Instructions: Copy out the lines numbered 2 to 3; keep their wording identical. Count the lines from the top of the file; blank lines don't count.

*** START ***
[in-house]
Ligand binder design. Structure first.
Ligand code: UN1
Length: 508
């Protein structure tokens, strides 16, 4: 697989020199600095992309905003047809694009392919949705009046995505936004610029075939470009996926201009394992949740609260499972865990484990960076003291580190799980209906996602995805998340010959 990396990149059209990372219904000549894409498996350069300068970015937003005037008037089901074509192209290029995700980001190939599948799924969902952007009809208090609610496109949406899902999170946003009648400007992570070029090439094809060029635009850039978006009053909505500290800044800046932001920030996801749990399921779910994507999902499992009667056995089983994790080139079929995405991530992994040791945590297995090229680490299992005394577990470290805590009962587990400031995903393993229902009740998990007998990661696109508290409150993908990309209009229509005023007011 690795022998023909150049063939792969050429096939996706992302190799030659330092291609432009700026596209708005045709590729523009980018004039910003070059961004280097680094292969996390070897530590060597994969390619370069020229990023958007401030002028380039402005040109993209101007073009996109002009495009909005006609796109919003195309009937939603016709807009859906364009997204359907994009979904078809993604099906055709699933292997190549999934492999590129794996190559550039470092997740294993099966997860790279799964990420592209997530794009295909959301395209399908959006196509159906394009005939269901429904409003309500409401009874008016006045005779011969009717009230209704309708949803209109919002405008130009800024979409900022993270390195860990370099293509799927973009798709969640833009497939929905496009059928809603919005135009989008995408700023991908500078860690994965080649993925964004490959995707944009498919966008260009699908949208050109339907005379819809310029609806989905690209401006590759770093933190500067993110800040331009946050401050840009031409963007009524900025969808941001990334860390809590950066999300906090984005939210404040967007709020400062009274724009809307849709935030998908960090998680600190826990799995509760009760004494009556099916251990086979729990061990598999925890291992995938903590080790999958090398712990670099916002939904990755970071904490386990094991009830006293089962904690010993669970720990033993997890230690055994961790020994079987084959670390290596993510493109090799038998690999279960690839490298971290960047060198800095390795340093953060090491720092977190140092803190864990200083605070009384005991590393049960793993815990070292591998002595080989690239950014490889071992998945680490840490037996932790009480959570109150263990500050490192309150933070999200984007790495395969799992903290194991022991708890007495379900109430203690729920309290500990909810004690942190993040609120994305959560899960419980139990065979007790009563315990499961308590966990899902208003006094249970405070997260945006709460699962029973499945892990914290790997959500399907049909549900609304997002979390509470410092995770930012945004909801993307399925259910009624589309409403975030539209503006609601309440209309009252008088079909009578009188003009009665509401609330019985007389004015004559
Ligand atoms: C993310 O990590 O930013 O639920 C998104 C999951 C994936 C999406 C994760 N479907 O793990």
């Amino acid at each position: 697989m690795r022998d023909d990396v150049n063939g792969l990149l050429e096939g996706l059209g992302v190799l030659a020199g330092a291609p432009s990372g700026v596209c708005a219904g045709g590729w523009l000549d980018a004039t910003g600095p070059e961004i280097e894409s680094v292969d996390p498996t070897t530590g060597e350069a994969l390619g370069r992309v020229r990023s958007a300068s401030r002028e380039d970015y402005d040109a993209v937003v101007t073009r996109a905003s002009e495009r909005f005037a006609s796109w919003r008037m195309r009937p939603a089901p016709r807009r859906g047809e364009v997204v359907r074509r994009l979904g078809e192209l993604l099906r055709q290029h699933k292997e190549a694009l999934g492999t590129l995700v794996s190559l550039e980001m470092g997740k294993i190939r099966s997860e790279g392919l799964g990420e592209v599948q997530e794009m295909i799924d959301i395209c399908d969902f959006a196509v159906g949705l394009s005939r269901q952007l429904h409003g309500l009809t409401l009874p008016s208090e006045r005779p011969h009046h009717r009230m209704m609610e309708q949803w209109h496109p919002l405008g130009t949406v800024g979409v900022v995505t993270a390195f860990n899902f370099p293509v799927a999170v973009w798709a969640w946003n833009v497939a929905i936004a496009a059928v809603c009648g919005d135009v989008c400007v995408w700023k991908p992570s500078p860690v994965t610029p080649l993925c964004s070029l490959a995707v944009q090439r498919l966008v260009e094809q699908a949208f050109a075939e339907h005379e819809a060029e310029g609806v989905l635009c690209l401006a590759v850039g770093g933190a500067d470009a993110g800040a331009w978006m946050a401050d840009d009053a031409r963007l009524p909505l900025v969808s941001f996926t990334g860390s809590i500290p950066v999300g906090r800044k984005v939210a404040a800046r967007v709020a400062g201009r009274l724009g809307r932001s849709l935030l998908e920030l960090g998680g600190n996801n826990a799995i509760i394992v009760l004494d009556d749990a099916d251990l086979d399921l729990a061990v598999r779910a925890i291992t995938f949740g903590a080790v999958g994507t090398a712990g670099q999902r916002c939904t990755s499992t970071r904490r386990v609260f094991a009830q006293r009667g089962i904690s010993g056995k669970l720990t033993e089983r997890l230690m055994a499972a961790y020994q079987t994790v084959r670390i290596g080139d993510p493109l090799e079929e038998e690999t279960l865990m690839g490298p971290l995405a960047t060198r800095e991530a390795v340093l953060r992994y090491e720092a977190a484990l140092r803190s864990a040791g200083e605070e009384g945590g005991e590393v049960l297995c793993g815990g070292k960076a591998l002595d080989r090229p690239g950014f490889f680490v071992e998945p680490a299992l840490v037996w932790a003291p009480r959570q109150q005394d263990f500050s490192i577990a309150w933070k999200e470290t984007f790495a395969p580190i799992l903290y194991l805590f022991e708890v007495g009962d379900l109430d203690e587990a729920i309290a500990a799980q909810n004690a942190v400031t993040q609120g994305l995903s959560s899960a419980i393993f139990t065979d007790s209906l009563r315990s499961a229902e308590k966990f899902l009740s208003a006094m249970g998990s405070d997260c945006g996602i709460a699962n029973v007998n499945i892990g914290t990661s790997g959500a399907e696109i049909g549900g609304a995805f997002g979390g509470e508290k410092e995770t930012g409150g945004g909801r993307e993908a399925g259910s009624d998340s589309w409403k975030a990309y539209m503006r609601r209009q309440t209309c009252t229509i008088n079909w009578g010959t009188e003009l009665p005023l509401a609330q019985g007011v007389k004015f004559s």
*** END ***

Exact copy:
Ligand binder design. Structure first.
Ligand code: UN1